Fall 2022 Programs and Events Announced
Washington, DC—This fall the National Gallery of Art invites visitors to enjoy a range of in-person and virtual programs featuring conversations with artists, performances by award-winning musicians, screenings of cinematic masterpieces, and more.
Highlights include the return of the popular National Gallery Nights program to the recently renovated East Building, the 80th anniversary of concerts at the National Gallery, classic and contemporary cinema from around the world, and a Wikipedia Edit-a-Thon aimed at expanding the representation of Southern Black artists. In addition, concerts, lectures, and other events will offer audiences different ways to connect with current and upcoming exhibitions, including Called to Create: Black Artists of the American South and Sargent and Spain.
"We invite you to experience something new this fall," said Damon Reaves, head of education, National Gallery of Art, "whether listening to a new genre of music, watching a rare screening of an international film, hearing from distinguished artists, or exploring the East Building at night. The National Gallery’s free programs offer a variety of ways to learn something new and get inspired."
In-person programs take place in various locations throughout the National Gallery—including the West Building's lush West Garden Court and the East Building’s newly renovated auditorium. All programs are open to the public free of charge. Some programs require registration; details are listed on each event page. For most programs, registration opens one week in advance.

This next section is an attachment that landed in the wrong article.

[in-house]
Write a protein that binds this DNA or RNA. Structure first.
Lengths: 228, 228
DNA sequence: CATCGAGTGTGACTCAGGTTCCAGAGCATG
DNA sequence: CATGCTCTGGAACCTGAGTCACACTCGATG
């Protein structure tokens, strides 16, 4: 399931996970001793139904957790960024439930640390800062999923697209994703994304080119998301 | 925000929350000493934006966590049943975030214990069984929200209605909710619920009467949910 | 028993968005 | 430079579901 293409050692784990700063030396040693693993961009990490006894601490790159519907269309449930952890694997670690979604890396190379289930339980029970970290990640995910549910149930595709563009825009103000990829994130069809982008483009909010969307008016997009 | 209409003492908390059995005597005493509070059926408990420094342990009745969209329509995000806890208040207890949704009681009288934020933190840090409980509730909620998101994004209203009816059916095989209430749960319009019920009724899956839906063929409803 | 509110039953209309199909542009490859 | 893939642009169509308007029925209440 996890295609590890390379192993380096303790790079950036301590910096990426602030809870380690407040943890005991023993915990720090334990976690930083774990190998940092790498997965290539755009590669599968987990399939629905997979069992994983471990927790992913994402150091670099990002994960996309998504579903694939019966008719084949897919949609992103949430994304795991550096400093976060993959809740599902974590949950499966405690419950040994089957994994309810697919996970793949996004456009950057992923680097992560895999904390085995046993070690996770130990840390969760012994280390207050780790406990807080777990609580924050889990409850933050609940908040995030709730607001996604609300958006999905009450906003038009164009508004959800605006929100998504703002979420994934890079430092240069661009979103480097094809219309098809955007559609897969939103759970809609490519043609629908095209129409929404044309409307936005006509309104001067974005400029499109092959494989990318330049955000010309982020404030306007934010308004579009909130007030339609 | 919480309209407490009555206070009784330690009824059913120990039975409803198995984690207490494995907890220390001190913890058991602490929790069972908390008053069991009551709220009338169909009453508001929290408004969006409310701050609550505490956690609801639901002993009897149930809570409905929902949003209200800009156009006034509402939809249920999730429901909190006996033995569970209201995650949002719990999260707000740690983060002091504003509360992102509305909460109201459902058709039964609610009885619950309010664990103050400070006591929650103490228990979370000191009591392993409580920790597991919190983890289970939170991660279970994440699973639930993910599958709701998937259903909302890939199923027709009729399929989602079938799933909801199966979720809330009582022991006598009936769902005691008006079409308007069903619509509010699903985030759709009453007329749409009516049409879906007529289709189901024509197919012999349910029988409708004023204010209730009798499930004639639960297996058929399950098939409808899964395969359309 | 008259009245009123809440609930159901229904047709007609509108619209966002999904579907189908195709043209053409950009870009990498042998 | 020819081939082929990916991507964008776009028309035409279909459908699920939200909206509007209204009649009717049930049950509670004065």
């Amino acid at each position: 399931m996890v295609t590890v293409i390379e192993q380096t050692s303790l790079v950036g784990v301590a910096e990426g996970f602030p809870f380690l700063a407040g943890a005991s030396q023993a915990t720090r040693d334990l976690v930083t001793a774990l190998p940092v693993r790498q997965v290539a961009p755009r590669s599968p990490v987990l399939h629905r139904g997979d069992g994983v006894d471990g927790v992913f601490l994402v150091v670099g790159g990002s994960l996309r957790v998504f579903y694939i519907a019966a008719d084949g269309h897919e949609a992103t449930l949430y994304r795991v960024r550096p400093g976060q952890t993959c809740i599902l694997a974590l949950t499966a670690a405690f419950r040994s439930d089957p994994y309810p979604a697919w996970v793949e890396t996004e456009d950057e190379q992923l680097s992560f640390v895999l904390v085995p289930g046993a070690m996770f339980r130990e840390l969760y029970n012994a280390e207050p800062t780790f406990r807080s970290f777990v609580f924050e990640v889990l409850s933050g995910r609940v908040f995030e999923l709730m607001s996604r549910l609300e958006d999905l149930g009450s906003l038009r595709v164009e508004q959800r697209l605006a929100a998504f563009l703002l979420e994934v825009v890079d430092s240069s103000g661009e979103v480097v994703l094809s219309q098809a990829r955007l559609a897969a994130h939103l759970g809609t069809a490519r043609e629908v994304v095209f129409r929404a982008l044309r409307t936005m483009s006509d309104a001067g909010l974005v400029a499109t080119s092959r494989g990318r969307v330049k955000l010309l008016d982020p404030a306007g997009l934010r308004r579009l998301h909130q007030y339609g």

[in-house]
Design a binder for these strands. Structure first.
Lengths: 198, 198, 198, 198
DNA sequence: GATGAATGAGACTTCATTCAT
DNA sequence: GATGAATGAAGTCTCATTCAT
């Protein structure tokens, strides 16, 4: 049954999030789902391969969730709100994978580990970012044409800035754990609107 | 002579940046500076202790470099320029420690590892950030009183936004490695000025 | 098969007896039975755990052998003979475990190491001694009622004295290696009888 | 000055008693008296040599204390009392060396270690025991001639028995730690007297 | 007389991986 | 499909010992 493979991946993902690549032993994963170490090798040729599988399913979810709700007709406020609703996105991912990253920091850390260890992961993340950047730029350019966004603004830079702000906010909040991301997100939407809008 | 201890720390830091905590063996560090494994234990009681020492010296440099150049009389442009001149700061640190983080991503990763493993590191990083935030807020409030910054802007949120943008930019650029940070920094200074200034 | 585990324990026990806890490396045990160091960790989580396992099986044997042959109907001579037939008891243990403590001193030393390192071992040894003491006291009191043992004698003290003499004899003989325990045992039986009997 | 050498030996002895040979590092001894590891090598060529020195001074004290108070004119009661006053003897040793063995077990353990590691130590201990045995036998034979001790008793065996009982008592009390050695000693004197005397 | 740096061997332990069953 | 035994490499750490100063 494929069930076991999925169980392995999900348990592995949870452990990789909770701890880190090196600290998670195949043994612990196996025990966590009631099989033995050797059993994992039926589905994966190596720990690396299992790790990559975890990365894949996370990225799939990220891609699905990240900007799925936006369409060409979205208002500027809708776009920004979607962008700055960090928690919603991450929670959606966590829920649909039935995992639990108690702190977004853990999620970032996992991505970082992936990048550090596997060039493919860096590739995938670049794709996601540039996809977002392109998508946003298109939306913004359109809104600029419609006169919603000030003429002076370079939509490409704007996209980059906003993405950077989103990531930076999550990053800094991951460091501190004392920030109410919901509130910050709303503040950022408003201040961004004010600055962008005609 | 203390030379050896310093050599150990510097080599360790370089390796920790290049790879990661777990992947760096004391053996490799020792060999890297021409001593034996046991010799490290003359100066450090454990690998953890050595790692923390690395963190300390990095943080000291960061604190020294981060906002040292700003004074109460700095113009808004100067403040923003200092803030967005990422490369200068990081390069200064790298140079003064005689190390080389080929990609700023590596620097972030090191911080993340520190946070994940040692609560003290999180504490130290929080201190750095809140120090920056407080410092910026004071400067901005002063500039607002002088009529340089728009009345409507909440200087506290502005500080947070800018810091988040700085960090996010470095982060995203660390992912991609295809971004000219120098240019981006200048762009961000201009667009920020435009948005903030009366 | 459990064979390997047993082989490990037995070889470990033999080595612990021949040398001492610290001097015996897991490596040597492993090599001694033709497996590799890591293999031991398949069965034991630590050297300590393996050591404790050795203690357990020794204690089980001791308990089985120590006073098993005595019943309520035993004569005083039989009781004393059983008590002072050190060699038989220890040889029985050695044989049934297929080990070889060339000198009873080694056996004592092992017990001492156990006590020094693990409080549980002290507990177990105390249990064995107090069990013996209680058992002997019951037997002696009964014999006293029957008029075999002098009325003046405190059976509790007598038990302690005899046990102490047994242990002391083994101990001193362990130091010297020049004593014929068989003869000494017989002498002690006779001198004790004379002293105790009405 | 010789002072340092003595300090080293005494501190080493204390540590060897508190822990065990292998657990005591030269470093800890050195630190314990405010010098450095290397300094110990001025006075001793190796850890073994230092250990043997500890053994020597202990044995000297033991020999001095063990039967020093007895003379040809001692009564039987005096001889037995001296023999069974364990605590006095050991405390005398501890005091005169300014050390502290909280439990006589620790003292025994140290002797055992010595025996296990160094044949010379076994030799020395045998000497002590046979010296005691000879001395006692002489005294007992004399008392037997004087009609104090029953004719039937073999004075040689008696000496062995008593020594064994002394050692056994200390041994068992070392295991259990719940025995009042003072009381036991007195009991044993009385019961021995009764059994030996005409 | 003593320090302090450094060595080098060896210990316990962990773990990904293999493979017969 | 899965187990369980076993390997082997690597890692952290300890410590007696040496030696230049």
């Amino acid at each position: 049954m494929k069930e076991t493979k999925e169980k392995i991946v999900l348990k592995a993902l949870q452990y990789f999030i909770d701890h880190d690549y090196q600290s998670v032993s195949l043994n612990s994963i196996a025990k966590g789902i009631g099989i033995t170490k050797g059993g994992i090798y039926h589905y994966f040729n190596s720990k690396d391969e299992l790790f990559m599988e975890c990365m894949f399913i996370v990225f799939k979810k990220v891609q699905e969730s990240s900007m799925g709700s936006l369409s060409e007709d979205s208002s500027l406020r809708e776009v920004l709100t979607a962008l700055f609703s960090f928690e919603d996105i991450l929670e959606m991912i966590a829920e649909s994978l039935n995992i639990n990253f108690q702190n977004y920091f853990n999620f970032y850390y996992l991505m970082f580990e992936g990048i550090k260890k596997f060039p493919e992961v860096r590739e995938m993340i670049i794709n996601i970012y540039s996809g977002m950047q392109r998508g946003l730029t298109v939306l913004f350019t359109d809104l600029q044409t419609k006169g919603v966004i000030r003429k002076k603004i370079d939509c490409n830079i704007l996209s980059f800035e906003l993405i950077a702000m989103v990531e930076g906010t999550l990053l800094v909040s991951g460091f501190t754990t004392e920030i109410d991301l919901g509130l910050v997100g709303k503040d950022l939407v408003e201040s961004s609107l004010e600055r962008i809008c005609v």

Visitors can pair their visit with the many dynamic exhibitions planned for this fall. On September 13, a virtual panel of artists Kwasi Boyd-Bouldin, Terry Evans, and An-My Lê reflects on American Silence: The Photographs of Robert Adams. On September 22, artist Mel Bochner joins curator James Meyer for an in-person conversation on The Double: Identity and Difference in Art Since 1900. A symposium on October 22 organized by the Center for Advanced Study in the Visual Arts will delve deeper into The Double. On September 24 the National Gallery of Art Library will host a Wikipedia Edit-a-Thon inspired by Called to Create: Black Artists of the American South. A performance on October 30 by harpsichordist Ignacio Prego will be held in conjunction with Sargent and Spain, while a performance on December 11 will bring to life Venetian Renaissance music from the time of Vittore Carpaccio.